Highlights from the 2014 LA Auto Show

History

Matterbetter is seeking ideas for new uses of the Russian Typhoon nuclear submarine

Reappropriating structures or spaces for new uses is a common occurrence. Sydney's Goods Line and Battersea Power Station are both the focus of such projects. Now, architectural firm Matterbetter is asking for submissions to reimagine perhaps the most unusual thing yet: a Russian nuclear submarine.  Read More

The pioneering integrated circuit has an estimated value of US$1 million and $2 million

If it weren't for the microchip, your smartphone would be size of a building and need its own power plant to work. Thanks to the integrated circuit and its modern incarnation in the microchip, electronics are a bit easier to carry around than that, and this week, Christie’s put one of the very first integrated circuits up for auction. Designed and constructed in 1958 by Texas Instruments, it's one of the three earliest "chips" ever made and went on the block with an estimated value of up to US$2 million.  Read More

D-Day beaches recce photos from 2014 and 1944 (Photo: Ministry of Defence)

Seventy years ago, the greatest military operation in history was launched as the Allied forces landed on the beaches of Normandy to liberate Nazi-occupied Europe in what history recalls as D-Day. We’re used to seeing newsreel images of marines and infantrymen rushing from landing craft in the face of the German guns, but overhead there was another war raging as men in fragile aircraft risked their lives to capture vital images of the battle’s progress. As part of the 70th-anniversary commemoration, RAF Tornado jets from II (Army Co-operation) Squadron (II (AC) Sqn) recreated that historic D-Day recon mission over Normandy, giving us a glimpse of how far aerial reconnaissance has come in three generations.  Read More

Detail of da Vinci's famous self-portrait, which is rapidly deteriorating from the effects...

A famous red chalk on paper drawing, widely accepted as a self-portrait of Leonardo da Vinci, is rapidly deteriorating from the effects of years of exposure to pollution, light, and heat. Worst of all, many centuries in unregulated and humid storage has led to extensive yellowing and browning of the paper. Recently, however, researchers from Italy and Poland have developed a new non-destructive, nano-level method to identify the root causes of the degradation and assist in planning appropriate conservation strategies.  Read More

Longitude 2014 commemorates 300 years since the Longitude Act 1714 and seeks to solve one ...

Three hundred years ago, the British Parliament established the Longitude prize; one of the most important technology competitions in history. Longitude Prize 2014 hopes to duplicate that feat with a new competition with a £10 million prize aimed at solving one of today’s great technological challenges, with the British public voting for which issue the prize will be given to.  Read More

The Lunar Module rotational hand controller used by Dave Scott on board Apollo 15’s Lunar ...

If you've been building an Apollo Lunar Module out of scrap parts in your back yard, then you’re in luck. RR Auctions is putting hundreds of items up for bid as part of an auction of air and space memorabilia ranging from the Wright brothers to the present day. Amongst a number of standout items is the joystick from the Apollo 15 Lunar Module, which goes on the block with a starting bid of US$10,000.  Read More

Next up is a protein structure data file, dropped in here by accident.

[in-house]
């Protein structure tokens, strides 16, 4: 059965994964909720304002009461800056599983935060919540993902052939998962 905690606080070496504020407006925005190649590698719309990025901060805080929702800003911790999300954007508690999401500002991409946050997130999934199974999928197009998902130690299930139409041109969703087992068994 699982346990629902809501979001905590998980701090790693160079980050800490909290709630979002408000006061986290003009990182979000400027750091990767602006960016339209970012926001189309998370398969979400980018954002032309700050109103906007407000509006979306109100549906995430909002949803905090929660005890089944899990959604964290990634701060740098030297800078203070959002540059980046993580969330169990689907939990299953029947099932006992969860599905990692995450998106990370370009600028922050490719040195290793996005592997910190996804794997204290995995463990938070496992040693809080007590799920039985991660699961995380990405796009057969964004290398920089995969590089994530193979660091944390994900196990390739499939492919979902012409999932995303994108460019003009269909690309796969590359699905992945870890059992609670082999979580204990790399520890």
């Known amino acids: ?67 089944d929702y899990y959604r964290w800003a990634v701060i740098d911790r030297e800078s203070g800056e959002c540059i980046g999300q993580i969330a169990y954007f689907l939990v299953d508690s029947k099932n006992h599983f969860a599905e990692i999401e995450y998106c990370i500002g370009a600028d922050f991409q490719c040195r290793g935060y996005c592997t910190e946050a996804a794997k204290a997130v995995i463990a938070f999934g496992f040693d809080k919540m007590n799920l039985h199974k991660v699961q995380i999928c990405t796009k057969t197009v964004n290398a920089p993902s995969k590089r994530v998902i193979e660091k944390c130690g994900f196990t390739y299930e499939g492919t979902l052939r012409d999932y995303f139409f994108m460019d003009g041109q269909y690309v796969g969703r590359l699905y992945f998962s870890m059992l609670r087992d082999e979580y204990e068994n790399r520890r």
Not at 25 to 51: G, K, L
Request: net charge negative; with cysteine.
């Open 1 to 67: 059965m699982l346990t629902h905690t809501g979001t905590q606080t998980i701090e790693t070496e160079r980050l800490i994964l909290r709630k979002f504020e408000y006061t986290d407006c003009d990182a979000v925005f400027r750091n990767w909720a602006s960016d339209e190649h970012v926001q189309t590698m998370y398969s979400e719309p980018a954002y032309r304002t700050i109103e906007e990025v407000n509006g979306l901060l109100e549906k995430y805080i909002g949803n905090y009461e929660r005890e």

The marine chronometer heading for the auction block on July 9 has certainly witnessed its...

In an age where accurate time measurement is taken for granted, the upcoming auction of an 1825 marine chronometer highlights just how far science has advanced in the last 200 years. The marine chronometer was a critical technology enabling navigation at sea. This 190 year-old example, which is heading for the auction block on July 9, has certainly witnessed its fair share of history in fulfilling that critical scientific role, having accompanied Charles Darwin on his epic five-year second voyage (1831-1836) to South America and the Galapagos Islands, the North American Boundary Expedition (1843-1846) which established the border between the USA and Canada and the 1857 survey of the Australian coastline which saw the naming of Darwin and the Fitzroy River. Given its stellar provenance, the chronometer seems ridiculously cheap if it does fall within its expected price range of … £30,000-50,000.  Read More

The miniature sledge-testing rig used in the study

In Egypt's tomb of Djehutihotep, a wall painting depicts someone pouring water into the sand in front of one of the sledges that hauled the blocks used in the construction of the pyramids. According to new research, they had a good reason for doing so – by wetting the sand, as little as half as much pulling force would have been required to move those sledges.  Read More

Google's new Street View feature

So, if it isn't enough for you that it's now possible to see the view from almost any road in the world while sitting at your computer, today Google announced a new Street View feature. If there's a clock in the upper left-hand corner of an image, it means you can see what that scene looked like up to seven years ago.  Read More

Bugatti shows the new Vitesse Legend next to the original Black Bess in Beijing

It seems the only constant at international auto shows these days is a new Veyron special edition. Bugatti has been unloading these superficial Veyron updates one by one, in an effort to keep attracting buyers to the decade-old model. The latest such special edition brings a little more intrigue than the average package, recalling what Bugatti calls "one of the first ever street legal super cars."  Read More

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